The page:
I messed up. Somehow, I failed to click the one little button that made Until All The Gods Return available on Kindle Unlimited at its launch. I have corrected that now, but Amazon takes a while to process it. If you were looking for that particular option, please be patient. It’s coming!
If you’ve been following along on the weekly reveals, you’ll be happy to know that you can now read chapter four of Until All The Gods Return right here. Jamana says farewell (for now) to his mysterious traveling companion, and then runs right into some very familiar faces…
Less than a week remains until the book launches next Tuesday! And here’s big news: all next week, May 24-28, the first book in the series, Until All Curses Are Lifted, will be absolutely FREE to download and read on Kindle! Yes, free! Am I out of my mind? Maybe. But you should still take advantage of this, and tell everyone you know. Here’s a handy graphic:
Until All The Gods Return releases on May 25.
Jamana meets an unusual traveling companion, who may be far more than he seems.
The first chapter of Until All The Gods Return, book 3 in the Heart of Fire series, is now available for your reading pleasure right here.
Jamana discovers he doesn’t want to be part of an event, but leaving may not be so easy.
I promised it last year, and it’s finally here.
I’ve written a short story tie-in with Viridia and the Dragontek Lore series. The character Richard Onyx shows up out of nowhere in chapter one of Viridia. He’s reluctant to speak about his past, though he admits to being part of a previous rebellion in the city of Atramentous.
This is the story of Rick’s final day in Atramentous. The end of one rebellion and the beginning of a new one. Before he can leave Atramentous, Rick must deal with the deadly wrath of the draconic, Naram-Sin Black…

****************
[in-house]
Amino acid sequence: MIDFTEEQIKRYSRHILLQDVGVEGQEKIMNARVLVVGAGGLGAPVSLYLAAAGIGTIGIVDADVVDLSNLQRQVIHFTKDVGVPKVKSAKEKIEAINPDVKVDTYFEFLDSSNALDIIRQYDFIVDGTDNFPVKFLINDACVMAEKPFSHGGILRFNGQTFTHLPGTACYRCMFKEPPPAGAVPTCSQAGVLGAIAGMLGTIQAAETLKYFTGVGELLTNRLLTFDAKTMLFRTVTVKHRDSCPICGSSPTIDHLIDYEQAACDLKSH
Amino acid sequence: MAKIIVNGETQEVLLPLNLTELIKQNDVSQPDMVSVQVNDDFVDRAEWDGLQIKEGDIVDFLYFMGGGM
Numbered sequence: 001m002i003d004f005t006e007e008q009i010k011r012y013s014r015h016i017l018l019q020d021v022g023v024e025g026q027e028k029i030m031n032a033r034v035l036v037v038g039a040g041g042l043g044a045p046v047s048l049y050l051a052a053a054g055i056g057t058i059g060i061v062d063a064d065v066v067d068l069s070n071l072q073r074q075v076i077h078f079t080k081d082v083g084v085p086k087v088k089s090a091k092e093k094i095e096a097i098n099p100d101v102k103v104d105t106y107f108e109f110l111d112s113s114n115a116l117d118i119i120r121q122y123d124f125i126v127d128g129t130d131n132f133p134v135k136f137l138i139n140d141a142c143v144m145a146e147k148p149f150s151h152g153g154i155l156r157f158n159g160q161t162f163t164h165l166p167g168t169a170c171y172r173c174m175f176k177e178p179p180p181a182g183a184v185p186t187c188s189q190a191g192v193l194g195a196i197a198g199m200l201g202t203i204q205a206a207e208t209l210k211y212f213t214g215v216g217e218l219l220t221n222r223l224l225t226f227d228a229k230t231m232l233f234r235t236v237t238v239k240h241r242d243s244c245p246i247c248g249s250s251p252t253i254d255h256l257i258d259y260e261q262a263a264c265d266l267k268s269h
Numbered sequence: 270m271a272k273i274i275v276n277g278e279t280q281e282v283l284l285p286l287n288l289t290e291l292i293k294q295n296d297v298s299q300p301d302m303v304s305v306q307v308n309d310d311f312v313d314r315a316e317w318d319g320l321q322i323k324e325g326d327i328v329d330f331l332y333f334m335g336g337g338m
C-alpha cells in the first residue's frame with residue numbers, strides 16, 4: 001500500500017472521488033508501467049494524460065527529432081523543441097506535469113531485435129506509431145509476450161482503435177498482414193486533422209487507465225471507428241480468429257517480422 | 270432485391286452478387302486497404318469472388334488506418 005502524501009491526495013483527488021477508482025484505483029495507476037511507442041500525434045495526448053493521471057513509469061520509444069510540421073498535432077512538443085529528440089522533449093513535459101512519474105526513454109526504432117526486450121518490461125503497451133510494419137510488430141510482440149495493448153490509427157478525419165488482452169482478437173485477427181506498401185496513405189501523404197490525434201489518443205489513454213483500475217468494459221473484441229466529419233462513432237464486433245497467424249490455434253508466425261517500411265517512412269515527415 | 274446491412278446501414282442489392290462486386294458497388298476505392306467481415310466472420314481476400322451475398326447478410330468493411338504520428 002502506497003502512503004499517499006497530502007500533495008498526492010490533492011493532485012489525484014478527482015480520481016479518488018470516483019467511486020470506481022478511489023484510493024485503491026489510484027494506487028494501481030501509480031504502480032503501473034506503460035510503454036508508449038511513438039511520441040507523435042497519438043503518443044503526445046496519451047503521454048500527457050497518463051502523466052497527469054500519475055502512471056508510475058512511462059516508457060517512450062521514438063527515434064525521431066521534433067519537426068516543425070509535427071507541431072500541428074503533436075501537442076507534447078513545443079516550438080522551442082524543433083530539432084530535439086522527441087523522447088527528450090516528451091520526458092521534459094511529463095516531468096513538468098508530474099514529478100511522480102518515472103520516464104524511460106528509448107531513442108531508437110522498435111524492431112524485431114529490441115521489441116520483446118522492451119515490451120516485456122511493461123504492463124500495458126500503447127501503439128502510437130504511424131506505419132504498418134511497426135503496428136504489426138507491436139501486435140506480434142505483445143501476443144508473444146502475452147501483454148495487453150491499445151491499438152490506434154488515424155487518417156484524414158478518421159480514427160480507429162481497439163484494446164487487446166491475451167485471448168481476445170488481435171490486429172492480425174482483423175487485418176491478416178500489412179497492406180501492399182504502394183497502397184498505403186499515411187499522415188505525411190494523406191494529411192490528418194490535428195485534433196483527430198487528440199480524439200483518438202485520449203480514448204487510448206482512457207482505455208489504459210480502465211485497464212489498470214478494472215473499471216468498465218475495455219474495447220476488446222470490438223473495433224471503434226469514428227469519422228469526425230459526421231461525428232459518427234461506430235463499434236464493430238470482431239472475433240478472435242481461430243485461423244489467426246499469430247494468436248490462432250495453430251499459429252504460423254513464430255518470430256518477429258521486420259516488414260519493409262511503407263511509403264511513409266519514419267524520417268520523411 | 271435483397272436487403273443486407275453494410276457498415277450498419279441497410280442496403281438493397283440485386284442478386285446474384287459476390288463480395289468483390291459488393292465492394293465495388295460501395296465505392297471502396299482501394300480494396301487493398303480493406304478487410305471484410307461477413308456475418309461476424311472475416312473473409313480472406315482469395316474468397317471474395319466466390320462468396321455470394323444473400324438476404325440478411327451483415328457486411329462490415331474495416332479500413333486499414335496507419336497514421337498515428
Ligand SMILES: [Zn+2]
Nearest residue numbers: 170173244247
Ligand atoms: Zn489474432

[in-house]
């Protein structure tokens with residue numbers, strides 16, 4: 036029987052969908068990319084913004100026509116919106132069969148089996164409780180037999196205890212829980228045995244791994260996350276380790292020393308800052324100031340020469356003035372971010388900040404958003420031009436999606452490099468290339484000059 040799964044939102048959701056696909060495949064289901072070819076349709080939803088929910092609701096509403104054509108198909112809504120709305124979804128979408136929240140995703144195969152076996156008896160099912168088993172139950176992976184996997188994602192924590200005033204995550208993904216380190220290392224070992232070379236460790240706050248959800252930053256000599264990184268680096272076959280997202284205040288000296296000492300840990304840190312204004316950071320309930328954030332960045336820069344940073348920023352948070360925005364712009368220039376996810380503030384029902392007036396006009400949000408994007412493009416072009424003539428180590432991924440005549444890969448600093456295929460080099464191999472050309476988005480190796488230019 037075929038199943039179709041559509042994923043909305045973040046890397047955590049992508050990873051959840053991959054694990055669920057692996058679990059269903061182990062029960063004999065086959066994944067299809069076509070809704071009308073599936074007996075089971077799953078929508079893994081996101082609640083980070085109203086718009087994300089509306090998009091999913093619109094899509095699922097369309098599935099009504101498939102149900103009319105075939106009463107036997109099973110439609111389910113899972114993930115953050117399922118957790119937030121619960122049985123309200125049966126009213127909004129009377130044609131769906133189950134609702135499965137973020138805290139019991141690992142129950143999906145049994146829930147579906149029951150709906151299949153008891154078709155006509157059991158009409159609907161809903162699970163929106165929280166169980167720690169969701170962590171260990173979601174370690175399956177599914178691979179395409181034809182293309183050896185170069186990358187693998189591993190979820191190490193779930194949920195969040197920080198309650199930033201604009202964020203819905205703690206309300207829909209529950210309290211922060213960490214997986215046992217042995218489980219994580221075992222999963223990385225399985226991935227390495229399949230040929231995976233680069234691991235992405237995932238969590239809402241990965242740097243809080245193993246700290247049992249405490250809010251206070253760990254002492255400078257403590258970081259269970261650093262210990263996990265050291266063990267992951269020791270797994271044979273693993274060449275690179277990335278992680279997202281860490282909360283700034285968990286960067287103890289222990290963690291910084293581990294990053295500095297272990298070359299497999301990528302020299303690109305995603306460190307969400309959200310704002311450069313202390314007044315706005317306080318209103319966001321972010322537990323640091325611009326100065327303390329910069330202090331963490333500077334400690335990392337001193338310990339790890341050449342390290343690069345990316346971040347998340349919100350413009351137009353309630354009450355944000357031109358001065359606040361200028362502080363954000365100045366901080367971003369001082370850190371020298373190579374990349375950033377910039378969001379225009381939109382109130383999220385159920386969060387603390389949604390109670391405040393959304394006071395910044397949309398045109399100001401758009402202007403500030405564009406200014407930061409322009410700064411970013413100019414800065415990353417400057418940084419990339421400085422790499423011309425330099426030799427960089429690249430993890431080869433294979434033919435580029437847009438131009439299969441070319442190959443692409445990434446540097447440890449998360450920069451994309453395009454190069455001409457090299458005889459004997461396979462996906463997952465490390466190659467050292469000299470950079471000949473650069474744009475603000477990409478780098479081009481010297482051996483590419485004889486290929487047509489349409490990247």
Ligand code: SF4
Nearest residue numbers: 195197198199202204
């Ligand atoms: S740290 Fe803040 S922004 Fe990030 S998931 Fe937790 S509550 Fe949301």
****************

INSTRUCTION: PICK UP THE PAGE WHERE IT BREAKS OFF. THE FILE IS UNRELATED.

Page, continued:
There’s only one way to read this story, along with the Heart of Fire tie-in story, The Leper’s Second Kill. Sign up for my newsletter! Not only will you get links to both of those stories, but you’ll be able to keep up with all of my news about writing and other stuff, and you’ll get regular special offers for other books! What have you got to lose? Sign up now!
Just a quick note here. Today, I finished writing the first draft of Incarnadine, book two of the Dragontek Lore series! I think fans of Beryl and his dragon-fighting team will enjoy this second (absolutely bonkers) journey into the cities of The Circle.
That means I currently have two books in the editing process! Until All the Gods Return is getting closer to the completion of that step, and I’m hoping to release it in May. (Psst. The cover is awesome!)
What will I write tomorrow? I have that short story tie-in for Dragontek Lore that I really, really need to finish. Why do short stories take me longer than novels?
And I need to plot out the fourth and final book of Heart of Fire before I start actually writing it. So much to do!